Alcohol Withdrawal: Common Symptoms & Treatment
Alcohol is one of the most widely consumed intoxicants in the world. In the US, people can legally drink alcohol when they reach age 21, but many adolescents and young adults illegally consume alcohol. Although there are many people who consume alcohol in moderate amounts and never experience problems aside from an occasional hangover, there are thousands of adolescents and adults in both the US and the world who suffer from severe problem drinking.
A person struggling with alcohol may have alcohol use disorder. The National Institute on Alcohol Abuse and Alcoholism (NIAAA) estimates that 16 million US adults, ages 18 and older, struggle with AUD. In addition, millions of adults engage in binge drinking and heavy drinking, which can cause serious acute and chronic harm to a person’s health. The Centers for Disease Control and Prevention (CDC) estimates that 88,000 people die every year from complications involving problematic alcohol use. Excessive drinking was responsible for one in 10 deaths among adults, ages 20-64.
Withdrawing from Alcohol Abuse
People who struggle with alcohol use disorder will at one stage of their addiction realize that they compulsively consume alcohol and they have a problem. They may attempt to stop on their own; however, if their body has become dependent on the presence of alcohol to produce neurotransmitters and feel normal, they will experience withdrawal symptoms.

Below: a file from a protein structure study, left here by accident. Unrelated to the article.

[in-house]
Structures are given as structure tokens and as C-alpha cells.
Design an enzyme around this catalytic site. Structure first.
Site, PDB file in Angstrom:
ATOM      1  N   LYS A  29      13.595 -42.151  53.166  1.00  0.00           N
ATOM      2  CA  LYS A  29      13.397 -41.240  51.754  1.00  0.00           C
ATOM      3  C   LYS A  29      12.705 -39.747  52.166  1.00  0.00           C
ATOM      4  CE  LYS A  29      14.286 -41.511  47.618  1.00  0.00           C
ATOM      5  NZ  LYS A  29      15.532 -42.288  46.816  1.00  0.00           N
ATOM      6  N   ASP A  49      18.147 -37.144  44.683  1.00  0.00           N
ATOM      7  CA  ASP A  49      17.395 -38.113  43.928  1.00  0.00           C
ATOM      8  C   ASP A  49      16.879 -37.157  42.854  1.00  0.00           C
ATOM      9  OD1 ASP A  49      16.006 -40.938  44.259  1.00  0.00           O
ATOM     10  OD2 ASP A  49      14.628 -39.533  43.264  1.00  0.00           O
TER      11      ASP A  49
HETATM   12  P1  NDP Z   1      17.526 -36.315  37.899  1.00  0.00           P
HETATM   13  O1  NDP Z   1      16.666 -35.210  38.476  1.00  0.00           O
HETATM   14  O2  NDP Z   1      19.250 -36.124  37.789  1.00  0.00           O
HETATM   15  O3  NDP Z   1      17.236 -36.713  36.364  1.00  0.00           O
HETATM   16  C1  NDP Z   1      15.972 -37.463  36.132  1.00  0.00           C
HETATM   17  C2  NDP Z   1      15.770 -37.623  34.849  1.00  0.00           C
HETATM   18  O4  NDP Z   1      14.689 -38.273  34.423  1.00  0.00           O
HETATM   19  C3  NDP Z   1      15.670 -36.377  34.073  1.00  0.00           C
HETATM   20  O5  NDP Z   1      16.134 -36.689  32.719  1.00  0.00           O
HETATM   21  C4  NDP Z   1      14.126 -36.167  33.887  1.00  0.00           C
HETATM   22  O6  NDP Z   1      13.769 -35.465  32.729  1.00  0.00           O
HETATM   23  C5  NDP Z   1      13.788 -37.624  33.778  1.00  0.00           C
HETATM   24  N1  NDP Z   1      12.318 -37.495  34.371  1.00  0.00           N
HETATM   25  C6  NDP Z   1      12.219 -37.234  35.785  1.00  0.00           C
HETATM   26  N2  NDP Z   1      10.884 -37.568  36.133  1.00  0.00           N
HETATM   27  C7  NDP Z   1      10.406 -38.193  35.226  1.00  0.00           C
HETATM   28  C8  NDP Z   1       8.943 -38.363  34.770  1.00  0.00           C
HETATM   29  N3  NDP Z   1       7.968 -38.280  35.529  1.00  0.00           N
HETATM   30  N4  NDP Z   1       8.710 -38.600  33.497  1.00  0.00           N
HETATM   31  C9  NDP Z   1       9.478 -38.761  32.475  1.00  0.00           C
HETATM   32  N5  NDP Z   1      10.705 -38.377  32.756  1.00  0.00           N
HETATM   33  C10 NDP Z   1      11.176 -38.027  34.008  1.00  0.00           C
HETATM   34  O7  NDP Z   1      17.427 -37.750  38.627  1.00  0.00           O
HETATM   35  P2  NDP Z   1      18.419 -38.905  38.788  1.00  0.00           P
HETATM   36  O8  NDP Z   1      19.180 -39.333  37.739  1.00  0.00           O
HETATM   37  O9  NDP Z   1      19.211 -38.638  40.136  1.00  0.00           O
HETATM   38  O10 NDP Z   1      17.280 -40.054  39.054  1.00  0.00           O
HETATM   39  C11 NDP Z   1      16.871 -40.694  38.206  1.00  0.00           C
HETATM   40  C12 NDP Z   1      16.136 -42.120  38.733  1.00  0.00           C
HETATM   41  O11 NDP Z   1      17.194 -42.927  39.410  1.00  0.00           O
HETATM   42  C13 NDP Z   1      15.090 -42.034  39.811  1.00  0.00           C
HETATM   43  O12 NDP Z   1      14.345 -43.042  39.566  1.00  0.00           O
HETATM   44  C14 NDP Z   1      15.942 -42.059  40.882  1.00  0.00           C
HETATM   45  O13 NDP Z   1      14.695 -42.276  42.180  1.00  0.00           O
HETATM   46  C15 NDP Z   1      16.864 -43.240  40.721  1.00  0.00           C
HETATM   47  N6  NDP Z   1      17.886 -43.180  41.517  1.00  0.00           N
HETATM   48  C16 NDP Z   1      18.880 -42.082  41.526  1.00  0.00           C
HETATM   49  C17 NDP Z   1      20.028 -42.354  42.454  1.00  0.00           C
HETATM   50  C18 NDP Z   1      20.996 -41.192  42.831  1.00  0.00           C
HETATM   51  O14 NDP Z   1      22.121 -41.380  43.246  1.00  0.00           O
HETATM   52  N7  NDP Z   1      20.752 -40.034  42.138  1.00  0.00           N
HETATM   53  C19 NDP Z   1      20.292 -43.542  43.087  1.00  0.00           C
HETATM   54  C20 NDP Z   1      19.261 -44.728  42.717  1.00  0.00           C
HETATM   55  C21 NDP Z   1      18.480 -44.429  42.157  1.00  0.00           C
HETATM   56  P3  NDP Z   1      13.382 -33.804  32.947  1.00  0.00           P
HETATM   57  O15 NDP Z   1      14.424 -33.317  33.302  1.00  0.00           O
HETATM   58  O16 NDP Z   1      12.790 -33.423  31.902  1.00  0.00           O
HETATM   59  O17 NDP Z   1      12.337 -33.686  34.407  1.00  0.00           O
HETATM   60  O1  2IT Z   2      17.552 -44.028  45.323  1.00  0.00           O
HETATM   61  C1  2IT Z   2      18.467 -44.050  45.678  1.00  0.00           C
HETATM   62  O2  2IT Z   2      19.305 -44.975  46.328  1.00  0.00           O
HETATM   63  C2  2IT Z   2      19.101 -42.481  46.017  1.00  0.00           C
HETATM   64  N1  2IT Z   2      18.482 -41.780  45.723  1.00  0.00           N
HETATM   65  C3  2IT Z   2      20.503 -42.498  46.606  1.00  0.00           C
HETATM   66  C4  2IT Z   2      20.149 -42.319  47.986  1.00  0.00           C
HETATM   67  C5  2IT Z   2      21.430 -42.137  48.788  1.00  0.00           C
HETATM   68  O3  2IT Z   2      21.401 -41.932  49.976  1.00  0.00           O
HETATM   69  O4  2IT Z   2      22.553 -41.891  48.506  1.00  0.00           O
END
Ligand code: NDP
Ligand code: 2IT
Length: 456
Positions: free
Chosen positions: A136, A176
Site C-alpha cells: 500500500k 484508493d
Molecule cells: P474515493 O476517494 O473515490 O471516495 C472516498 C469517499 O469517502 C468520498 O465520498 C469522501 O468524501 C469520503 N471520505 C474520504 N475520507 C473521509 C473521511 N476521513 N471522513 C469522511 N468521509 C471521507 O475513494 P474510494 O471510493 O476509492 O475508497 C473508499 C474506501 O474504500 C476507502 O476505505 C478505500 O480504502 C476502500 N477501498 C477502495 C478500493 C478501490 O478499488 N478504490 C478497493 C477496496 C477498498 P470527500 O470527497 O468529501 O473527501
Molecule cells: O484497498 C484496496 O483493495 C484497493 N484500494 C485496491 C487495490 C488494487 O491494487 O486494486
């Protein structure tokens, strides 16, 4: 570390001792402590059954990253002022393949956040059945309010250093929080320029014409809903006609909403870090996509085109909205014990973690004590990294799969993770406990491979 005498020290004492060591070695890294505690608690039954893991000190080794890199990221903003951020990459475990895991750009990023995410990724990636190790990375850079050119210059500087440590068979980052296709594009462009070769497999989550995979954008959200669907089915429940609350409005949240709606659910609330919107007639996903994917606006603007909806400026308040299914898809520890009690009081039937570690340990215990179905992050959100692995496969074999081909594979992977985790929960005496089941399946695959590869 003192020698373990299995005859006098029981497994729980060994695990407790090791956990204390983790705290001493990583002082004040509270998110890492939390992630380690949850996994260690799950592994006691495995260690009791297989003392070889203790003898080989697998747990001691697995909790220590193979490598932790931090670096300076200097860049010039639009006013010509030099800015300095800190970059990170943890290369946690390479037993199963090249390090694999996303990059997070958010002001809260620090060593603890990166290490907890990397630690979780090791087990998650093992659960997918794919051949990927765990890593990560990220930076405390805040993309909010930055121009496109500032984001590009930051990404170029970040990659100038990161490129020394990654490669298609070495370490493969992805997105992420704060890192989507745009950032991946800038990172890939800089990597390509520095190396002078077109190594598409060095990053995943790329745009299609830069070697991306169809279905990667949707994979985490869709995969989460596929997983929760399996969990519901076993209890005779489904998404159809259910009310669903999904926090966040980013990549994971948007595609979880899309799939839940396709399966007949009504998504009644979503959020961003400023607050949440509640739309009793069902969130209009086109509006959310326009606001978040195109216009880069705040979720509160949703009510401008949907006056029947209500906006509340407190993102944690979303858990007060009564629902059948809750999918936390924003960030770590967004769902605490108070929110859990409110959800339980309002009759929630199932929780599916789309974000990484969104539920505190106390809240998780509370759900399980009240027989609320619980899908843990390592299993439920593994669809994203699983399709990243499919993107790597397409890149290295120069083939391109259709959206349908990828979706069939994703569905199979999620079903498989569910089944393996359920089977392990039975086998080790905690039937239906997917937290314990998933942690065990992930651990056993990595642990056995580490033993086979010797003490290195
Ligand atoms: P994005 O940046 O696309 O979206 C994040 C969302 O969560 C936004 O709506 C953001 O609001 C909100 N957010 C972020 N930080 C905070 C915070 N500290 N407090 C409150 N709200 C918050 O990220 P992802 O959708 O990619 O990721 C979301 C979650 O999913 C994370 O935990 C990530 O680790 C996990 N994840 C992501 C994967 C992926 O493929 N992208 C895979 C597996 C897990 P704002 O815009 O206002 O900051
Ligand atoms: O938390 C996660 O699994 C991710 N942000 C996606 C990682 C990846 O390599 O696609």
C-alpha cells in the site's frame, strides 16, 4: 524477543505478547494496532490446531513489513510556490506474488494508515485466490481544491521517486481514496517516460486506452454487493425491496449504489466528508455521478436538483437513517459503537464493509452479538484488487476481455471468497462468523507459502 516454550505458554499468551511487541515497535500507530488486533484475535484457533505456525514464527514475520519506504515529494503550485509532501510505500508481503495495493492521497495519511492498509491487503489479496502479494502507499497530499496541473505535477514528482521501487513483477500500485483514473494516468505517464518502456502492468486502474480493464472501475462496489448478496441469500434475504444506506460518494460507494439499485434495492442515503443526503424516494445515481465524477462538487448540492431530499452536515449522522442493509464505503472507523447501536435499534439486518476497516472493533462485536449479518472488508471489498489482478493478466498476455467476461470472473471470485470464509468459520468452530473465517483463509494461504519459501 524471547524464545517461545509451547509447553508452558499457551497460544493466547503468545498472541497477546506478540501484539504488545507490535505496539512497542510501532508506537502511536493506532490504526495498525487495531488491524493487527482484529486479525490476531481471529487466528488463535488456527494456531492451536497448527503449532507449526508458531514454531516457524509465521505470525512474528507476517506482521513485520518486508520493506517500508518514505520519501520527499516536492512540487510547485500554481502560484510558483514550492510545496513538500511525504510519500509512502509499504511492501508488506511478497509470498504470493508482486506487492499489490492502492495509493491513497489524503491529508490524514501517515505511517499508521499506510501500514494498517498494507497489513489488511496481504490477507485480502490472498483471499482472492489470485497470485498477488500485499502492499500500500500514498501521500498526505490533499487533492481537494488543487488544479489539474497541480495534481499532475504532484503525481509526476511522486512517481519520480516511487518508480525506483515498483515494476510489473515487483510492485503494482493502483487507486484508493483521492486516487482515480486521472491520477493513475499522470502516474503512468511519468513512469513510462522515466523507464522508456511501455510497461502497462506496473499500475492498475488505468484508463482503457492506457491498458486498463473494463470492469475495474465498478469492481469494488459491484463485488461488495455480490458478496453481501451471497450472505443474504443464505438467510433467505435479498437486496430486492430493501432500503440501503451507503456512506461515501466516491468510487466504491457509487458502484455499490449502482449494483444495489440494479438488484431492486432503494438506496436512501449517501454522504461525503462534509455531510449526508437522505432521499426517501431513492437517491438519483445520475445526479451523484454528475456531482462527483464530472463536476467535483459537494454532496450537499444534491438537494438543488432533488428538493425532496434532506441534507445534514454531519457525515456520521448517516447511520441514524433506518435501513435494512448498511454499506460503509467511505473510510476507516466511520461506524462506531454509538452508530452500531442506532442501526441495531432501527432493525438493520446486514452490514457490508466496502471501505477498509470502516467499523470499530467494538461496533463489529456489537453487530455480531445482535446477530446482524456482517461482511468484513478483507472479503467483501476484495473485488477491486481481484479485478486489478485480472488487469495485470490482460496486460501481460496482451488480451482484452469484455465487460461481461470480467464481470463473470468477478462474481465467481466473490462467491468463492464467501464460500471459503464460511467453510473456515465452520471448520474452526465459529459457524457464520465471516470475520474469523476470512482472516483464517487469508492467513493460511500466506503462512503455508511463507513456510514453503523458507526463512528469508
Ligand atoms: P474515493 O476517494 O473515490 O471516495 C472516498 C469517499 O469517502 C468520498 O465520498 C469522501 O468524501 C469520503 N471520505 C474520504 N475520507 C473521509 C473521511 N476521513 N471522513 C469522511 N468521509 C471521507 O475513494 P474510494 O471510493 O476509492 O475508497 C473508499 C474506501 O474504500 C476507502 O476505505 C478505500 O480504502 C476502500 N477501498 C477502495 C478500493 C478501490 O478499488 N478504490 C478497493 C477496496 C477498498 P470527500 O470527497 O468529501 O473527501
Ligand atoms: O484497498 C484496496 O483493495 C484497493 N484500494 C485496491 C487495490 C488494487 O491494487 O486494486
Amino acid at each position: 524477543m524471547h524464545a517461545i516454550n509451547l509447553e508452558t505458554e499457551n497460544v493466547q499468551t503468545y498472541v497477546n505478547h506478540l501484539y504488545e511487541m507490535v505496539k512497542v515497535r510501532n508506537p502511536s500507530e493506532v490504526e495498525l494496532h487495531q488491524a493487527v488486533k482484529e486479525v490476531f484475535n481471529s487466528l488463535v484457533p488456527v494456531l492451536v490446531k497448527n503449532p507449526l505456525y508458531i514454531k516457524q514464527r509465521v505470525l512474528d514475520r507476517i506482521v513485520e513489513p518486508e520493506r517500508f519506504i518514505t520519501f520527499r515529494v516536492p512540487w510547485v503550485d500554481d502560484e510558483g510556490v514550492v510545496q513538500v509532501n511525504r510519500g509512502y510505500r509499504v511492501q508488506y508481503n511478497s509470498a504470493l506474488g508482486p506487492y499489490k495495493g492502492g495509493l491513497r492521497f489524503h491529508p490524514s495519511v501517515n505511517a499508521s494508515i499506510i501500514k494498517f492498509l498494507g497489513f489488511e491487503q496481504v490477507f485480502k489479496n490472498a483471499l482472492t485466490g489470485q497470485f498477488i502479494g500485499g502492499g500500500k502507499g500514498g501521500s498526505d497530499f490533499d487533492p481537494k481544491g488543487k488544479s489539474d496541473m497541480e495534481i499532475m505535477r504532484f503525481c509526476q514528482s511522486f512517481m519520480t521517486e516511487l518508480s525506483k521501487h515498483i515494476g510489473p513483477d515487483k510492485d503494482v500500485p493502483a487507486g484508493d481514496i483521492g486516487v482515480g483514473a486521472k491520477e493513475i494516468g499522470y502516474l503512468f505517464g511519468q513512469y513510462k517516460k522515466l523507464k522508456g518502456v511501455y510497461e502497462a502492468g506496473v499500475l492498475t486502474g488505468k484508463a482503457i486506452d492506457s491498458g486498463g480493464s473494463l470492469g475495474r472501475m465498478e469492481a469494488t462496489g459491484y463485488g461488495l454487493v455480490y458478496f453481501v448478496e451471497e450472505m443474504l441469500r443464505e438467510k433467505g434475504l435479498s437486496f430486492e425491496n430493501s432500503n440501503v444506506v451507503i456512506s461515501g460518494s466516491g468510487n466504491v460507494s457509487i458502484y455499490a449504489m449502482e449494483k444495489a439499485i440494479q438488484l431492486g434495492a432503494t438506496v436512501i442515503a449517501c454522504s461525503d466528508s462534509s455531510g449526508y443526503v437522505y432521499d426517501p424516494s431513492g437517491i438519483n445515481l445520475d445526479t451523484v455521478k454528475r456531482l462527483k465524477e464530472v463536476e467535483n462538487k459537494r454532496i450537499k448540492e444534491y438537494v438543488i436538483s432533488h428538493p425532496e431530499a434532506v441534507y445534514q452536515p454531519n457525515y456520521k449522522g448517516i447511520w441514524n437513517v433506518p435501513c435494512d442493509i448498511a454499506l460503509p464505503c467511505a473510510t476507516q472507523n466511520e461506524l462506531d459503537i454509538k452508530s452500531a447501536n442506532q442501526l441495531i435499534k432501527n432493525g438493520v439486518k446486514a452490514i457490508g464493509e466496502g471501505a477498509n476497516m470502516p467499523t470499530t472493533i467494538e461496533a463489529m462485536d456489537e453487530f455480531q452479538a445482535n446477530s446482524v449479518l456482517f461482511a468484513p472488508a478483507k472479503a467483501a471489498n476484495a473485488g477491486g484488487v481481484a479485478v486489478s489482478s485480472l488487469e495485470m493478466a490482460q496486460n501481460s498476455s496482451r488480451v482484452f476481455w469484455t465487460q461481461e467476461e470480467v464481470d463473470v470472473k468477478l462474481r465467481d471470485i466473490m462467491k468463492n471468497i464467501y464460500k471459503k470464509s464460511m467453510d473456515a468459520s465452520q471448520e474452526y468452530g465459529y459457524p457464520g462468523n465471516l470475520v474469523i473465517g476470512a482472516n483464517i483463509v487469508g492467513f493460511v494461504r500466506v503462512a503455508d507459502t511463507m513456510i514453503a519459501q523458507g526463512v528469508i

Withdrawing from alcohol abuse can be complicated, as several symptoms are serious and life-threatening. It is important to get help from medical professionals who specialize in treating alcohol use disorder when attempting to overcome this addiction. The physical complications are a large part of the reason this help is necessary.
Symptoms from alcohol withdrawal begin as soon as two hours after the person’s last drink; depending on how long the person has struggled with problem drinking, how much they drank, and how dependent their body is on the presence of alcohol, these symptoms may clear up in a matter of days, or they could last for weeks. In some instances, alcohol withdrawal symptoms can turn into a dangerous condition called delirium tremens.
Symptoms from Alcohol Withdrawal
Mild Alcohol Withdrawal Symptoms
While many people who begin withdrawing from heavy alcohol use may not characterize their symptoms as “mild,” the common symptoms most people experience are not physically dangerous. These include:
- Shakiness or tremors
- Irritability and mood swings
- Panic attacks
- Other sleep disturbances
- Clammy skin
- Loss of appetite
- Rapid heartbeat
These symptoms may last for up to one week and can be uncomfortable, but they are not life-threatening.
Moderate Alcohol Withdrawal Symptoms
Symptoms considered “moderate,” which may need some medical attention, include confusion related to brain state changes from consuming alcohol and then quitting; damage to the cardiovascular system, including changes in heart rate and blood pressure, which may be exacerbated by physical stress after the person stops drinking; and malnutrition, both from nutrient deficiencies associated with consistent alcohol abuse and from nausea and appetite loss when the person quits.